I’ve found it quite amusing watching and reading some of the historyonics regarding Wednesdays student protests in London. Witness the howls in the blue-rinse broadsheets, and one newspaper even launching a name-and-shame the students campaign. At the risk of marking myself out as Brother Daly, or Red Jim, these are my thoughts.
Lets get this in perspective. Out of 50,000 students, about a hundred kicked off. And even then, I doubt many of them were actually students, more like rent-a-mob. Look at the film of the incident at Tory Party HQ – more photographers than protesters and police put together. Funny that, isn’t it? An angry mob always makes for good pictures and definitely sells papers.
A few windows got kicked in, the reception got trashed. We’re talking tens of thousands of pounds worth of damage – nothing to somebody like Lord Ashcroft. The damage being wreaked to this country – higher education, education in general, the nhs, the armed forces, welfare – goes way way beyond any sum of money. We’re talking about society, and peoples lives here. The problem is, the Tory party love to claim the moral high ground when it comes to angry mobs of erks rampaging. But if they weren’t hell-bent on wrecking British society from every direction, there would be nothing to protest about in the first place.
The problem is, nowadays protest-inspired damage is pretty alien to us. Yet hundreds of years ago – particularly in class-fraught periods such as the Nineteenth Century – working class people would routinely protest if they felt wronged. In the early Nineteenth Century the Luddites protested against the introduction of machinery by smashing it up. By and large, protests were against the wage labour system, and the class control system in particular. Property has always been one of the most visible symbols of class – think in terms of the haves and the have nots – so damaging property has always been a primal way of normal people making their feelings obvious.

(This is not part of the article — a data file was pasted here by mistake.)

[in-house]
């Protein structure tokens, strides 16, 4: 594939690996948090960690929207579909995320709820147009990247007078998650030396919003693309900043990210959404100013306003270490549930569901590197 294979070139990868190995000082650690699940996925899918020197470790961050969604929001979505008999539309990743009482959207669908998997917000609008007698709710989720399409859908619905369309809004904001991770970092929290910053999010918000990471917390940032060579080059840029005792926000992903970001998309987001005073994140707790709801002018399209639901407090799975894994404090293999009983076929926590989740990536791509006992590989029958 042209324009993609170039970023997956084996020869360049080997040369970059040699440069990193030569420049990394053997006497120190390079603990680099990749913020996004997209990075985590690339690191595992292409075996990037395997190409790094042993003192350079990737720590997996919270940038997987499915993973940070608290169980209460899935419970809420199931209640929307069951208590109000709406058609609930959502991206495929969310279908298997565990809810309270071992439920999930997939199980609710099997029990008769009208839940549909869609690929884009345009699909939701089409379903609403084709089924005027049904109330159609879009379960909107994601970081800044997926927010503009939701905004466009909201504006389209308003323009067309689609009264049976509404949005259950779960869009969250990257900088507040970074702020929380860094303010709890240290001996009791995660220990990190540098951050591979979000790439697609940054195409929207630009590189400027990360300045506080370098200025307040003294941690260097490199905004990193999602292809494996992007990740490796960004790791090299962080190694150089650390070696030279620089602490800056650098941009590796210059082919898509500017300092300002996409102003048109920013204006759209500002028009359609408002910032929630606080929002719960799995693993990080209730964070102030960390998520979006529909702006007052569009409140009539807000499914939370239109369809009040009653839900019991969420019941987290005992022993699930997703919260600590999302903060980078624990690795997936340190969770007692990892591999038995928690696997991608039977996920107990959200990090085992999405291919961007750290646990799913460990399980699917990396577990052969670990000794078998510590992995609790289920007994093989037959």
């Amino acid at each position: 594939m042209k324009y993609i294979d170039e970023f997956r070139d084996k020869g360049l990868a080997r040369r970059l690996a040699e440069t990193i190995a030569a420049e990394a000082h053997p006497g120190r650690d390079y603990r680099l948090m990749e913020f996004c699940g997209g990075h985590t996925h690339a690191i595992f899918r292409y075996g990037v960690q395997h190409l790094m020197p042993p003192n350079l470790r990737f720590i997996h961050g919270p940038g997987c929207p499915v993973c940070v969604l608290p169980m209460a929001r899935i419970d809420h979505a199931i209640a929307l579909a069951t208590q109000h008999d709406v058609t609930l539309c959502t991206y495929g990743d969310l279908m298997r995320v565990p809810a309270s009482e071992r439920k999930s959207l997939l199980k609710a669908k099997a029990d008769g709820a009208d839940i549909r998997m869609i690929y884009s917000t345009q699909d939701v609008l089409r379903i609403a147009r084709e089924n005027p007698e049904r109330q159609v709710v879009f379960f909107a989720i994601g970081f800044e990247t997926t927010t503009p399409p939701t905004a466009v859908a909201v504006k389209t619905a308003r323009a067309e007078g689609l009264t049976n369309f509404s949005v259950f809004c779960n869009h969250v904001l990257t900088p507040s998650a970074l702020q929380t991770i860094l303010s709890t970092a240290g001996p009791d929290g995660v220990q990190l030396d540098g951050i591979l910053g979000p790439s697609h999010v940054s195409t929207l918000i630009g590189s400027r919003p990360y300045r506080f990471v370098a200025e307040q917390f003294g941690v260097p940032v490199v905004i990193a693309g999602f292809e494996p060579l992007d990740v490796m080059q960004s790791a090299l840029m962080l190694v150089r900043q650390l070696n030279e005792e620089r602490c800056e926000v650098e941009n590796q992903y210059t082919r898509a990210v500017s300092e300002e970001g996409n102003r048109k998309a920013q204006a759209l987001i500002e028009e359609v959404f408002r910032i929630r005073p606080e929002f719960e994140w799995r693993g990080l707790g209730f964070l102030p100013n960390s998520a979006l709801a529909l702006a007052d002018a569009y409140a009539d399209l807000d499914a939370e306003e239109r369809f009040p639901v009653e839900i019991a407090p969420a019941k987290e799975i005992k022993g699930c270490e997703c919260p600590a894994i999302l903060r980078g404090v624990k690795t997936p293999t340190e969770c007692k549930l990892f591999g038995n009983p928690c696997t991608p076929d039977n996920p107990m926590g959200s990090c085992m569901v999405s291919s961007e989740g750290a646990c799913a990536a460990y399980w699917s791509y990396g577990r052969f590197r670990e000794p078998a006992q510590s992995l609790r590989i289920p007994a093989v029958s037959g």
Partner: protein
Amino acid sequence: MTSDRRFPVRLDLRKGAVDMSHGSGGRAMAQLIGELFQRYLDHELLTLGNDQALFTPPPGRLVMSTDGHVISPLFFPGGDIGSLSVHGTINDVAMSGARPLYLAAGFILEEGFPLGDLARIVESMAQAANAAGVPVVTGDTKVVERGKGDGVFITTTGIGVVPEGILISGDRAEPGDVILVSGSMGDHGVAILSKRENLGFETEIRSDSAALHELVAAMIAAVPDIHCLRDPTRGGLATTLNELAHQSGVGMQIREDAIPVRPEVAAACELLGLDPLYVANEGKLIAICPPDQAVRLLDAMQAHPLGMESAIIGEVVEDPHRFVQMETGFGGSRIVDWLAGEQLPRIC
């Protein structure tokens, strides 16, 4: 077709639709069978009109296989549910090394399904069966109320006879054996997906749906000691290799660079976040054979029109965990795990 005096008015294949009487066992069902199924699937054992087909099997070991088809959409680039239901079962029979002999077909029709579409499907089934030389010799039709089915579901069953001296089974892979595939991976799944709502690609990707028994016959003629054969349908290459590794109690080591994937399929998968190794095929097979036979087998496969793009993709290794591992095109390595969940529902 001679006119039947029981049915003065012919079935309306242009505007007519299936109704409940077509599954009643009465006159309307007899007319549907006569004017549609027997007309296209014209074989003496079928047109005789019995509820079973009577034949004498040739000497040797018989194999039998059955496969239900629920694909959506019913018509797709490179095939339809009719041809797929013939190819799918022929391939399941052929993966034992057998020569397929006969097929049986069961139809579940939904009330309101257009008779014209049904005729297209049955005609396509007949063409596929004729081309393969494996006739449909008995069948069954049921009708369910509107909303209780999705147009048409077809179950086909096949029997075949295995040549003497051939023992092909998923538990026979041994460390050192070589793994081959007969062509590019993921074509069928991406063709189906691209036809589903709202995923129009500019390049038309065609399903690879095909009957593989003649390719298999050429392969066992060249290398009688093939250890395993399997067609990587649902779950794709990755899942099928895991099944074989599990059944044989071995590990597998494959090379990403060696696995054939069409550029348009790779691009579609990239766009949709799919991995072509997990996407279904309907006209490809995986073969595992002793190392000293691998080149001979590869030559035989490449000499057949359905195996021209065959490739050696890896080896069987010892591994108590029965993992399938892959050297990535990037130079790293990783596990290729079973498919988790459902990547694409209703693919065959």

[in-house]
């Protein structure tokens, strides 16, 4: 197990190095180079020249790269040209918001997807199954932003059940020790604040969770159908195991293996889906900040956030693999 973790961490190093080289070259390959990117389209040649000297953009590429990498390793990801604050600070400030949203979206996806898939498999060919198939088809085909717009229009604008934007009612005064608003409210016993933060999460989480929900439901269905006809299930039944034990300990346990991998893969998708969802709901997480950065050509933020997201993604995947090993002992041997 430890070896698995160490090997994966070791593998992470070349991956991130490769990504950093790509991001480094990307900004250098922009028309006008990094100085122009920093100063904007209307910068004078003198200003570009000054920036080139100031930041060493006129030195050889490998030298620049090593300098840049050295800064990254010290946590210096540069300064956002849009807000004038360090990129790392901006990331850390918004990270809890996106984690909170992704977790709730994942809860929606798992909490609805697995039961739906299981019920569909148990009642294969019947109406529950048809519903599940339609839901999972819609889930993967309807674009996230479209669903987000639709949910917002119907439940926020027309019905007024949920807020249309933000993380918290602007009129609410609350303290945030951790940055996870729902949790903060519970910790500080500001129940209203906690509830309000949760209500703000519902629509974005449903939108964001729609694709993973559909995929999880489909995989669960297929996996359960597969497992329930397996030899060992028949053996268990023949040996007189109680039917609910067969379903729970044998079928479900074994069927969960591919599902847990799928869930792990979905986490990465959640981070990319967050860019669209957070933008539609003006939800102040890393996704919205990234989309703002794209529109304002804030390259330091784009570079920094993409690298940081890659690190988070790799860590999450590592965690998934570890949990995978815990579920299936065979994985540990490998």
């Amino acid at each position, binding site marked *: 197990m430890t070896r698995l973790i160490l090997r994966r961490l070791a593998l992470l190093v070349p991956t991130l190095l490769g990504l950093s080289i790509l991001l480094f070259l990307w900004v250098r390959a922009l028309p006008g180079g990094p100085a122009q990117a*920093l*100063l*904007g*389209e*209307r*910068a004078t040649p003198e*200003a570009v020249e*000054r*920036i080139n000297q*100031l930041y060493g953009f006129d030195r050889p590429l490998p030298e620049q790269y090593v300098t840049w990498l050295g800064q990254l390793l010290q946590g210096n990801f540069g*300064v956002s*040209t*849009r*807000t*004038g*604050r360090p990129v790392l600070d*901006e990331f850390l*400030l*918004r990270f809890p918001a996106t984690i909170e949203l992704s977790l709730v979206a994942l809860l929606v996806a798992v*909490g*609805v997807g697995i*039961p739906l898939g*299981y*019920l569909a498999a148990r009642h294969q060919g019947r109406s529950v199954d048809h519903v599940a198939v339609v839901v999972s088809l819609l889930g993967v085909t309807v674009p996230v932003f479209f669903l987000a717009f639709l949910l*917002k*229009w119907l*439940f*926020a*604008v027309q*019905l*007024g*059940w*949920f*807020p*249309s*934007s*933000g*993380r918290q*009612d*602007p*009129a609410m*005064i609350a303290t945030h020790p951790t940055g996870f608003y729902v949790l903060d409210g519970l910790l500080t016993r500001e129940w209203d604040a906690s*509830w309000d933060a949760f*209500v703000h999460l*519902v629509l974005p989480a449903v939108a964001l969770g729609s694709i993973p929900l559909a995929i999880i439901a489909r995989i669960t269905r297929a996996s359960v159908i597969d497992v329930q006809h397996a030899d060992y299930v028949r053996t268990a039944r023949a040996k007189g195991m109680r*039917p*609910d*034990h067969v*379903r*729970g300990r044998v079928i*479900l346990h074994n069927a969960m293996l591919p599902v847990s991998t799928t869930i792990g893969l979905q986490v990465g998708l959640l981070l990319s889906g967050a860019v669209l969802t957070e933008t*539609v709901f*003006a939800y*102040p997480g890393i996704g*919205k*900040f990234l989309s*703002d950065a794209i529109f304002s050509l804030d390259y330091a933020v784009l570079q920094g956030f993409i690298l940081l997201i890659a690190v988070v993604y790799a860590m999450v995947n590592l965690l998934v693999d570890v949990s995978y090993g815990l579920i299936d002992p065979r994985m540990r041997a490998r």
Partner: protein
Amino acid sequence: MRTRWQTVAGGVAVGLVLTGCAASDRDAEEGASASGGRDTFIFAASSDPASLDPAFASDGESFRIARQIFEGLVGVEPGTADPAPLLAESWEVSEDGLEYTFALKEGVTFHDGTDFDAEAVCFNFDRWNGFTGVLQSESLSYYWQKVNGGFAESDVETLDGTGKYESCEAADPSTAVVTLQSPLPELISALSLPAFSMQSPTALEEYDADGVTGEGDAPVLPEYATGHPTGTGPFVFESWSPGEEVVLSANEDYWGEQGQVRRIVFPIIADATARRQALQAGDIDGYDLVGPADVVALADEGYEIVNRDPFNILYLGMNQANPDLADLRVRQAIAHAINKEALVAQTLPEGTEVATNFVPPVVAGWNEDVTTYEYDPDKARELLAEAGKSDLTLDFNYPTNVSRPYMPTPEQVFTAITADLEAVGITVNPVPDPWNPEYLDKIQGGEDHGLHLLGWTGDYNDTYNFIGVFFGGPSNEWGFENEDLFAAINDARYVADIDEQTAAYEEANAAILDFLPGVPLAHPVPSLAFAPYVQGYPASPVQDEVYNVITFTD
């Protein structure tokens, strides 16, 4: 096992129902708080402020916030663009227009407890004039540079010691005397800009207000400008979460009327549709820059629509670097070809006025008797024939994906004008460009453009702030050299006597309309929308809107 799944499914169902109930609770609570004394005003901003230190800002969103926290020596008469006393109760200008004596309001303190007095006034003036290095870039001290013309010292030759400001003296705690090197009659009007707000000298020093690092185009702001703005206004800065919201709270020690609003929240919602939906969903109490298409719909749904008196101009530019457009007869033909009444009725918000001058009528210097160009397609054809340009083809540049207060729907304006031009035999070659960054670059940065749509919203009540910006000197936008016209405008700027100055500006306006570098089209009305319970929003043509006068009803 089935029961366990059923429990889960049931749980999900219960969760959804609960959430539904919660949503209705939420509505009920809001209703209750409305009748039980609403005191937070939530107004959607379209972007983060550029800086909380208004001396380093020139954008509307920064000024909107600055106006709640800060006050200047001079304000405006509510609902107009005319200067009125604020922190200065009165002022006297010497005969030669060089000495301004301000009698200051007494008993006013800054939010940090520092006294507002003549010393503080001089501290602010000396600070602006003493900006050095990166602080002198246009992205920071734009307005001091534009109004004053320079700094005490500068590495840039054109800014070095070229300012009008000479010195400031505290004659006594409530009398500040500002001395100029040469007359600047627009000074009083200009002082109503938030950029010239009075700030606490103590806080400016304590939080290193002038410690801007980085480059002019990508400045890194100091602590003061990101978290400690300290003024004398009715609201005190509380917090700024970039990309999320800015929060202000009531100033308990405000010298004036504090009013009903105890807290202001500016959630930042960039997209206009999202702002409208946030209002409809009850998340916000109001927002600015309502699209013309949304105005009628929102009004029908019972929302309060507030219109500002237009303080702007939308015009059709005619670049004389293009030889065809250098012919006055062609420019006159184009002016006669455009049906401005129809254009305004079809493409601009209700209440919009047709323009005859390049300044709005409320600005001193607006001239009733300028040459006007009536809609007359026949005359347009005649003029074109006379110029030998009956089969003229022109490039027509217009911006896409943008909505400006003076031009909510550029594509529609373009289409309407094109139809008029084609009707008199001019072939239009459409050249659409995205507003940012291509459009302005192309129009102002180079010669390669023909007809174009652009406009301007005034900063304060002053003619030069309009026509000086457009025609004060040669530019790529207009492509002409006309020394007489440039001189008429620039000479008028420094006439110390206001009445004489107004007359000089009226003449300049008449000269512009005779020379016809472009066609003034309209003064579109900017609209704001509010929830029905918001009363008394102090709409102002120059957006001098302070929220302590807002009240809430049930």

Its funny also how the establishment is more concerned about damage to property than to people. This is almost a medieval, victorian attitude – one peasant can murder another peasant and nobody cares, but if a peasant steals a loaf of bread from a rich persons kitchen, then there’s hell to pay. So as well as working class people feeling a need to protest by damaging the property of the middle and upper classes, those classes in turn are ultra-sensitive about their class-symbolism being challenged. The fear of ‘the mob’ after the French revolution was electrifying.
So essentially, what we have seen this week is a return to early Nineteenth Century society – an embattled working class, and a middle class attempting to exert its control. Its all very well complaining about people protesting and getting angry, but think about WHY they are protesting, and WHY they are angry. If you try and shaft people, limit their options in life, restrict their social mobility and condemm them to a life of debt, you shouldn’t be surprised if they’re not too happy about it.
Forget taking us back to the 1980’s, this Government is taking us back to the 1800’s. ‘Tory scum’ is an ancient cry in British class struggle; right back to the Duke of Wellington and the Corn Laws. And as much as I admire the Iron Duke as the greatest British field commander in history, do we really want to go back to that archaic age?
- Student protest: the NUS lobby wasn’t enough for us | Patrick Smith (guardian.co.uk)
- Ignore the teenage rampage: higher tuition fees are fair (blogs.telegraph.co.uk)
- Peaceful protest or direct action: where to draw the line? | David Mead (guardian.co.uk)
- The new politics: Student riot marks end of Coalition’s era of consensus (independent.co.uk)
- At the student protests, the ancient cry of ‘Tory scum’ once again echoed out (guardian.co.uk)
- Student protest: Demonstrator who threw extinguisher ‘should face attempted murder charge’ (guardian.co.uk)
- Fees protest thugs must be punished, says Cameron (independent.co.uk)